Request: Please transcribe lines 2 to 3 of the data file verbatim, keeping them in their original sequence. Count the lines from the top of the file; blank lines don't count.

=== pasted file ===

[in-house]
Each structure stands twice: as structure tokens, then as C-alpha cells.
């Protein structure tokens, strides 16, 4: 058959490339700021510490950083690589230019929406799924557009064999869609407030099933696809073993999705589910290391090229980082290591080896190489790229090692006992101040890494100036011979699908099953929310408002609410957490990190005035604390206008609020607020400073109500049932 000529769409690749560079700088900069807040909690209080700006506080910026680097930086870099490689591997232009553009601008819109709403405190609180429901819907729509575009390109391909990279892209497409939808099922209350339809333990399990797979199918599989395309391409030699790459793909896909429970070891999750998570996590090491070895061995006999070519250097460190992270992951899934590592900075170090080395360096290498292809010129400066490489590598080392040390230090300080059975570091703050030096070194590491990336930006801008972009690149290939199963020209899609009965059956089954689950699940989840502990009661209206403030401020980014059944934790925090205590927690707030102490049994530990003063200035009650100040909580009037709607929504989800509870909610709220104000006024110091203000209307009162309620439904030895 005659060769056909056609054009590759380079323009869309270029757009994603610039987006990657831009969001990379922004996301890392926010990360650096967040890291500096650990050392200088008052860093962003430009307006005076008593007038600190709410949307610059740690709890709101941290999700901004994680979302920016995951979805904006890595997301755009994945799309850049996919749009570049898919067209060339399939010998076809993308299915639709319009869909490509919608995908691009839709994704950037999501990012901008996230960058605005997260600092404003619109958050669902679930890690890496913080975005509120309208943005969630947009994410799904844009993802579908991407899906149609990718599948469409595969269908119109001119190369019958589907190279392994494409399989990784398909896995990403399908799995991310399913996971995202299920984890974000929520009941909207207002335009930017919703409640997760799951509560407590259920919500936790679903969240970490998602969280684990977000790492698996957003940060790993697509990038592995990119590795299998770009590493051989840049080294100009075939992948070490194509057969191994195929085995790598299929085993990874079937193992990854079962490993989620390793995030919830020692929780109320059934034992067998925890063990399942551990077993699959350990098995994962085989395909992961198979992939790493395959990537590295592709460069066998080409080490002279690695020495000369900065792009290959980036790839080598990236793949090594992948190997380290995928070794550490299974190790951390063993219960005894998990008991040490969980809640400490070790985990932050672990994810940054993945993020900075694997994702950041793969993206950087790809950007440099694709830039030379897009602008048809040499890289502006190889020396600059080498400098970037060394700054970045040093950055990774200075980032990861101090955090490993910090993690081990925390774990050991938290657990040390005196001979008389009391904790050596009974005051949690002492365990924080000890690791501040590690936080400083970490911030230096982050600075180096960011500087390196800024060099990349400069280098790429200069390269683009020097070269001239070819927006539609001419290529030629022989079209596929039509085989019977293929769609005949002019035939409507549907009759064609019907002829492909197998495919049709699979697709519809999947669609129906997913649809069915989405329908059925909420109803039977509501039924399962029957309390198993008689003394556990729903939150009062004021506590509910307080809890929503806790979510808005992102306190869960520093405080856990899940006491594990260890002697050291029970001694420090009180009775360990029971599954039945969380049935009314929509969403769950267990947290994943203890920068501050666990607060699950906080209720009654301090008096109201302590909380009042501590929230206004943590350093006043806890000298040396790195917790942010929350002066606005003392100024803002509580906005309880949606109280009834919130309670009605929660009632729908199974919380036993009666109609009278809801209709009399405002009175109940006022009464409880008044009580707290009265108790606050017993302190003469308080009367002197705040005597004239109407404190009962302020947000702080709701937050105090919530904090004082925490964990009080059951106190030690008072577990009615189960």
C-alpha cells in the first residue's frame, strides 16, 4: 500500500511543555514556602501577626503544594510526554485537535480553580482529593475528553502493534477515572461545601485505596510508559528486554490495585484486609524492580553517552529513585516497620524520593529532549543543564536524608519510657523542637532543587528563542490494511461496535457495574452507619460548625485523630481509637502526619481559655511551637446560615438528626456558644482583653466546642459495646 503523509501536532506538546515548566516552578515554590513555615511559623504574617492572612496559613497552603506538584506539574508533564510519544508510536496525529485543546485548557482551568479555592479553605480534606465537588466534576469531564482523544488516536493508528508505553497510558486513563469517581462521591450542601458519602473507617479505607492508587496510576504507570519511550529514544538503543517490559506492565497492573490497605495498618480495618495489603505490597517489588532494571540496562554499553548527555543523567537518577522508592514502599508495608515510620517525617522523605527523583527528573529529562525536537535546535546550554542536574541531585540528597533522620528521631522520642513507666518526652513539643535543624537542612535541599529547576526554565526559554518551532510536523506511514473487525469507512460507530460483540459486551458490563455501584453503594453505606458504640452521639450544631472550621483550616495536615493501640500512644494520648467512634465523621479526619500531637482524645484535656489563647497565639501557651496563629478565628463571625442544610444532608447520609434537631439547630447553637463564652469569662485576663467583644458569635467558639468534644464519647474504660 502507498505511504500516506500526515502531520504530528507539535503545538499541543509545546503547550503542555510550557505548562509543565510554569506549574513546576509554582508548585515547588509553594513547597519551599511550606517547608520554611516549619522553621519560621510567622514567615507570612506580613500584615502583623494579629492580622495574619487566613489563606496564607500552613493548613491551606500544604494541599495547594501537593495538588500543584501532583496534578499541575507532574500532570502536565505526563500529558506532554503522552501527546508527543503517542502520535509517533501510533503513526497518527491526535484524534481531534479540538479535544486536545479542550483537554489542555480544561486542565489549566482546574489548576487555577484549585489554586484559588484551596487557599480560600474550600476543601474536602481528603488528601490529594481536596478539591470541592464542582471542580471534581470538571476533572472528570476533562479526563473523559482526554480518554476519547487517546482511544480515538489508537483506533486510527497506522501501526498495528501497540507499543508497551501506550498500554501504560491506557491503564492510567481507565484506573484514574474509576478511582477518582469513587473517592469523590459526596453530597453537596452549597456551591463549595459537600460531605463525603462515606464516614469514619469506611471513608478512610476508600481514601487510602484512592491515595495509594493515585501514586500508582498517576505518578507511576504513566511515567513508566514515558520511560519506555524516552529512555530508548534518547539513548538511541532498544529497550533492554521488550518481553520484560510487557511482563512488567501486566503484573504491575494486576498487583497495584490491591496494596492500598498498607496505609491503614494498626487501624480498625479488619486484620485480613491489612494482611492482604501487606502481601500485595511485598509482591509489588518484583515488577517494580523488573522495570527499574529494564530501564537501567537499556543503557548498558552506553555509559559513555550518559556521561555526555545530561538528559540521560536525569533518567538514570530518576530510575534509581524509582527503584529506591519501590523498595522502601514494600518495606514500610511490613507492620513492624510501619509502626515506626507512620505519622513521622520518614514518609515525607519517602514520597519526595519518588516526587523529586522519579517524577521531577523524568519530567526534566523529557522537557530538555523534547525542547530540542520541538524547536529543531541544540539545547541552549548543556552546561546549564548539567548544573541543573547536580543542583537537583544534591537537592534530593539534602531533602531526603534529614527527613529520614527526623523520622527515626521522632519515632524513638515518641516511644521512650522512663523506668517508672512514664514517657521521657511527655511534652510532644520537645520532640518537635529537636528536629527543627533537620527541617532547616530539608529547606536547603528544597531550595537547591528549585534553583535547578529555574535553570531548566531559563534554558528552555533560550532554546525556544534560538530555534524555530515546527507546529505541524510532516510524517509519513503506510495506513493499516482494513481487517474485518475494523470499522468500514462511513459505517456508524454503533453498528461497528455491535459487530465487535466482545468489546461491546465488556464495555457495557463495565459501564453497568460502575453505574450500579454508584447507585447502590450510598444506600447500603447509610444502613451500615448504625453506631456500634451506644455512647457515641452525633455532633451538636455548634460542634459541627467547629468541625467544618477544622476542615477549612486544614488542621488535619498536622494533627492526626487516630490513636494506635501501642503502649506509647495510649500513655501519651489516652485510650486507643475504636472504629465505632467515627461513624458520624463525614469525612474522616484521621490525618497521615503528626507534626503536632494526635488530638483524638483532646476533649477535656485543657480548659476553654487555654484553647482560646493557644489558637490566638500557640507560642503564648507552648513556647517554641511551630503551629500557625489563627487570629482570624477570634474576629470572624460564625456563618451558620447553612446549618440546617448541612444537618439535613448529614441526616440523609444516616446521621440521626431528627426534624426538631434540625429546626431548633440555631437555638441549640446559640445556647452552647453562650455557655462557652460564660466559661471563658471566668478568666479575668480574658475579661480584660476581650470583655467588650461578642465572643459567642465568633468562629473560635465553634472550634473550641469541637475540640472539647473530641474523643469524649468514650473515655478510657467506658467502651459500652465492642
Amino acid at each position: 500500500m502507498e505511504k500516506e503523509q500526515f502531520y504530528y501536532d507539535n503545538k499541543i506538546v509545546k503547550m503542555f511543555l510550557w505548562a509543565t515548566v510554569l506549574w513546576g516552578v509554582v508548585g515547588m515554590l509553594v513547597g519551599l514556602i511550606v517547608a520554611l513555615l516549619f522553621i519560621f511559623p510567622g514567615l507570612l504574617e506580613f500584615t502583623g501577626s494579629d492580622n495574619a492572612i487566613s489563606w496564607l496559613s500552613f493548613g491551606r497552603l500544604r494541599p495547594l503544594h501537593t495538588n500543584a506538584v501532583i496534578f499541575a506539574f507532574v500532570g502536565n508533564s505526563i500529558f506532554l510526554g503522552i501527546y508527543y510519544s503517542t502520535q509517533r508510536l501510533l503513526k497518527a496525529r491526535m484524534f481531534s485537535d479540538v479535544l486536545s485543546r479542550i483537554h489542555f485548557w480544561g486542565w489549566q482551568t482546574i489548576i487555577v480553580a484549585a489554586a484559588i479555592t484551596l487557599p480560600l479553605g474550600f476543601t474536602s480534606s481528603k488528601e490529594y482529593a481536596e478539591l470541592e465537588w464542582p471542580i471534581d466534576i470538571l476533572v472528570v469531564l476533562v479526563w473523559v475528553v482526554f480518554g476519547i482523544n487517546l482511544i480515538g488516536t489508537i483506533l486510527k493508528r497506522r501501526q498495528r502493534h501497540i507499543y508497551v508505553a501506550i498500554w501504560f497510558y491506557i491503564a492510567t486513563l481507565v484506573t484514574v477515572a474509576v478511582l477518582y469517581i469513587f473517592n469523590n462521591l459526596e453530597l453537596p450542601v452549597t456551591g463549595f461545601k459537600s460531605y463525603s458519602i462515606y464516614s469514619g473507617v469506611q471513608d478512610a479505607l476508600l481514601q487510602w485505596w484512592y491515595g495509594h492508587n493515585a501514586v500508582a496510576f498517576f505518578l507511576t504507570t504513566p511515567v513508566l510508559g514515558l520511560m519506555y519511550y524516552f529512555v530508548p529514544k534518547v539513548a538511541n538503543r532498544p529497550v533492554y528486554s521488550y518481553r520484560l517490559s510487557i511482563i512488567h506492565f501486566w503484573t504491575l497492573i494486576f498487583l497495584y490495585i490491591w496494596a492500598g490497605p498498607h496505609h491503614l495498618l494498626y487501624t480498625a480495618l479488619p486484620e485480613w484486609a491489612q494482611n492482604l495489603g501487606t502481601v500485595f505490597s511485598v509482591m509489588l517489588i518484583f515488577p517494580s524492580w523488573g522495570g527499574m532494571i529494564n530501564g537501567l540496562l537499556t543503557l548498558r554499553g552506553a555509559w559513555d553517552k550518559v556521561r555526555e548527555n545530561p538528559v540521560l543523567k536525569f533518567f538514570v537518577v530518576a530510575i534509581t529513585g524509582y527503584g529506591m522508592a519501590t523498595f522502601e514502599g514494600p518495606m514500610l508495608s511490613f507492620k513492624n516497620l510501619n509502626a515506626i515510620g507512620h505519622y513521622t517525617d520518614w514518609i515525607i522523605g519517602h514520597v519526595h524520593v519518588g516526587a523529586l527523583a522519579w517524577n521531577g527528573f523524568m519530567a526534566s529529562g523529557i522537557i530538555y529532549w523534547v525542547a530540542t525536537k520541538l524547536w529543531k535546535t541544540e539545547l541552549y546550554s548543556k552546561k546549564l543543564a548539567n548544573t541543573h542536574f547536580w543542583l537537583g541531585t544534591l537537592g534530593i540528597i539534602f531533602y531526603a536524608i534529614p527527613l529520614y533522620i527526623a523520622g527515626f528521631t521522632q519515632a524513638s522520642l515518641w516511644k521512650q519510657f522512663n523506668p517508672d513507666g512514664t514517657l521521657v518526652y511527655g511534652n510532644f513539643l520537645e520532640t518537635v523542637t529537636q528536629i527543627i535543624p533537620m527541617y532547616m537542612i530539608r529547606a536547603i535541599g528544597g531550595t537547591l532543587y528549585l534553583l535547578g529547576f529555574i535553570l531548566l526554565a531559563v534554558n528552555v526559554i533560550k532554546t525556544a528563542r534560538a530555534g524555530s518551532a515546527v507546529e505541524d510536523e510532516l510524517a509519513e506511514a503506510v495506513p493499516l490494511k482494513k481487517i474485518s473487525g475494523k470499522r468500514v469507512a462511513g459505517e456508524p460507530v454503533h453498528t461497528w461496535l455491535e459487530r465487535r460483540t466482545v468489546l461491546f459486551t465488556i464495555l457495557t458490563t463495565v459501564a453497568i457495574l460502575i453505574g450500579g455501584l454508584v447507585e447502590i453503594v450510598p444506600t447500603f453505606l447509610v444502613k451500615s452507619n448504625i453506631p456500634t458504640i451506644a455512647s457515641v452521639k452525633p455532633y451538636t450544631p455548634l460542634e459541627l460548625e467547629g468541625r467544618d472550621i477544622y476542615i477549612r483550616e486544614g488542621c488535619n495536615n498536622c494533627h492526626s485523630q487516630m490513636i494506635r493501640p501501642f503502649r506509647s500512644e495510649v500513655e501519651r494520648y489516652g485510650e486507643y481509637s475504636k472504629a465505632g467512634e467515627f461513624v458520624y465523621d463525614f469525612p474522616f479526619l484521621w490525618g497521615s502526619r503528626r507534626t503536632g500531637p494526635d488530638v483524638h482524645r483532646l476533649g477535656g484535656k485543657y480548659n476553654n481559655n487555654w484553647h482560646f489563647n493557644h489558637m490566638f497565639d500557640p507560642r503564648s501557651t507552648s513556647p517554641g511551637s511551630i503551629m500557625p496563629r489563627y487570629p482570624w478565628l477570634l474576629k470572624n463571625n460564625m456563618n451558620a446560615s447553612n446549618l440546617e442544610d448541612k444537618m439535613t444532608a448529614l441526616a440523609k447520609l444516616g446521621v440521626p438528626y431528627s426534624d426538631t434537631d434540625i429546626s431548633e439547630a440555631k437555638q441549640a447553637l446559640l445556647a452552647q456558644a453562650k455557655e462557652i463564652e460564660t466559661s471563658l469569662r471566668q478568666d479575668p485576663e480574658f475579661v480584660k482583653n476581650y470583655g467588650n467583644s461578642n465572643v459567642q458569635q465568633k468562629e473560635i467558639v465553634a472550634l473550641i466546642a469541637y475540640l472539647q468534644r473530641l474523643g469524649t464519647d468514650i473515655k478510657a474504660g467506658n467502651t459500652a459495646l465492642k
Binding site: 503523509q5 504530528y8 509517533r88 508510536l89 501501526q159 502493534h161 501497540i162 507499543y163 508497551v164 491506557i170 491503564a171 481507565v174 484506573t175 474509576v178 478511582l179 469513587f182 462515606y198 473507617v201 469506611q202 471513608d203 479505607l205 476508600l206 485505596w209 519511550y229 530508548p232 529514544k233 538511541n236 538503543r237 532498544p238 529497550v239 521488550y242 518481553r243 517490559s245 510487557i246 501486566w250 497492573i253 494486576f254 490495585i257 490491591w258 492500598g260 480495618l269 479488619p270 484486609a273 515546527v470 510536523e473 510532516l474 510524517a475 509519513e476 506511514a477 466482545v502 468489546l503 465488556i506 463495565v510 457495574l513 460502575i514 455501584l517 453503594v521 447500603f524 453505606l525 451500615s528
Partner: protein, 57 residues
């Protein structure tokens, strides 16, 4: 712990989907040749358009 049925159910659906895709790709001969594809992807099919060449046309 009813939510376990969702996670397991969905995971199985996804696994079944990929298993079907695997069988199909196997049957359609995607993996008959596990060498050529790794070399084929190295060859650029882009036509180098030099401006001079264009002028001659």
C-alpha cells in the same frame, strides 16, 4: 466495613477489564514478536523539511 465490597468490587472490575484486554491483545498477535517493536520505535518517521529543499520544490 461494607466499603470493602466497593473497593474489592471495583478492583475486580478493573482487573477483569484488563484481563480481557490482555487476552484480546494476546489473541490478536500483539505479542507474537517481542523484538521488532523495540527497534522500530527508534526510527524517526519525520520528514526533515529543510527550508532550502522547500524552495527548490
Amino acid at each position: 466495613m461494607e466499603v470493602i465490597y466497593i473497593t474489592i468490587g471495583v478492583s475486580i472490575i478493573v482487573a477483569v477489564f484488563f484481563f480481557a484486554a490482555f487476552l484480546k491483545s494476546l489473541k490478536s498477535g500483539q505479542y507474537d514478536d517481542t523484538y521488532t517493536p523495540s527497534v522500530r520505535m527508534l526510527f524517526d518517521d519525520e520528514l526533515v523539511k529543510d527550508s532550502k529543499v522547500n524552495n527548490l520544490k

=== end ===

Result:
Each structure stands twice: as structure tokens, then as C-alpha cells.
């Protein structure tokens, strides 16, 4: 058959490339700021510490950083690589230019929406799924557009064999869609407030099933696809073993999705589910290391090229980082290591080896190489790229090692006992101040890494100036011979699908099953929310408002609410957490990190005035604390206008609020607020400073109500049932 000529769409690749560079700088900069807040909690209080700006506080910026680097930086870099490689591997232009553009601008819109709403405190609180429901819907729509575009390109391909990279892209497409939808099922209350339809333990399990797979199918599989395309391409030699790459793909896909429970070891999750998570996590090491070895061995006999070519250097460190992270992951899934590592900075170090080395360096290498292809010129400066490489590598080392040390230090300080059975570091703050030096070194590491990336930006801008972009690149290939199963020209899609009965059956089954689950699940989840502990009661209206403030401020980014059944934790925090205590927690707030102490049994530990003063200035009650100040909580009037709607929504989800509870909610709220104000006024110091203000209307009162309620439904030895 005659060769056909056609054009590759380079323009869309270029757009994603610039987006990657831009969001990379922004996301890392926010990360650096967040890291500096650990050392200088008052860093962003430009307006005076008593007038600190709410949307610059740690709890709101941290999700901004994680979302920016995951979805904006890595997301755009994945799309850049996919749009570049898919067209060339399939010998076809993308299915639709319009869909490509919608995908691009839709994704950037999501990012901008996230960058605005997260600092404003619109958050669902679930890690890496913080975005509120309208943005969630947009994410799904844009993802579908991407899906149609990718599948469409595969269908119109001119190369019958589907190279392994494409399989990784398909896995990403399908799995991310399913996971995202299920984890974000929520009941909207207002335009930017919703409640997760799951509560407590259920919500936790679903969240970490998602969280684990977000790492698996957003940060790993697509990038592995990119590795299998770009590493051989840049080294100009075939992948070490194509057969191994195929085995790598299929085993990874079937193992990854079962490993989620390793995030919830020692929780109320059934034992067998925890063990399942551990077993699959350990098995994962085989395909992961198979992939790493395959990537590295592709460069066998080409080490002279690695020495000369900065792009290959980036790839080598990236793949090594992948190997380290995928070794550490299974190790951390063993219960005894998990008991040490969980809640400490070790985990932050672990994810940054993945993020900075694997994702950041793969993206950087790809950007440099694709830039030379897009602008048809040499890289502006190889020396600059080498400098970037060394700054970045040093950055990774200075980032990861101090955090490993910090993690081990925390774990050991938290657990040390005196001979008389009391904790050596009974005051949690002492365990924080000890690791501040590690936080400083970490911030230096982050600075180096960011500087390196800024060099990349400069280098790429200069390269683009020097070269001239070819927006539609001419290529030629022989079209596929039509085989019977293929769609005949002019035939409507549907009759064609019907002829492909197998495919049709699979697709519809999947669609129906997913649809069915989405329908059925909420109803039977509501039924399962029957309390198993008689003394556990729903939150009062004021506590509910307080809890929503806790979510808005992102306190869960520093405080856990899940006491594990260890002697050291029970001694420090009180009775360990029971599954039945969380049935009314929509969403769950267990947290994943203890920068501050666990607060699950906080209720009654301090008096109201302590909380009042501590929230206004943590350093006043806890000298040396790195917790942010929350002066606005003392100024803002509580906005309880949606109280009834919130309670009605929660009632729908199974919380036993009666109609009278809801209709009399405002009175109940006022009464409880008044009580707290009265108790606050017993302190003469308080009367002197705040005597004239109407404190009962302020947000702080709701937050105090919530904090004082925490964990009080059951106190030690008072577990009615189960």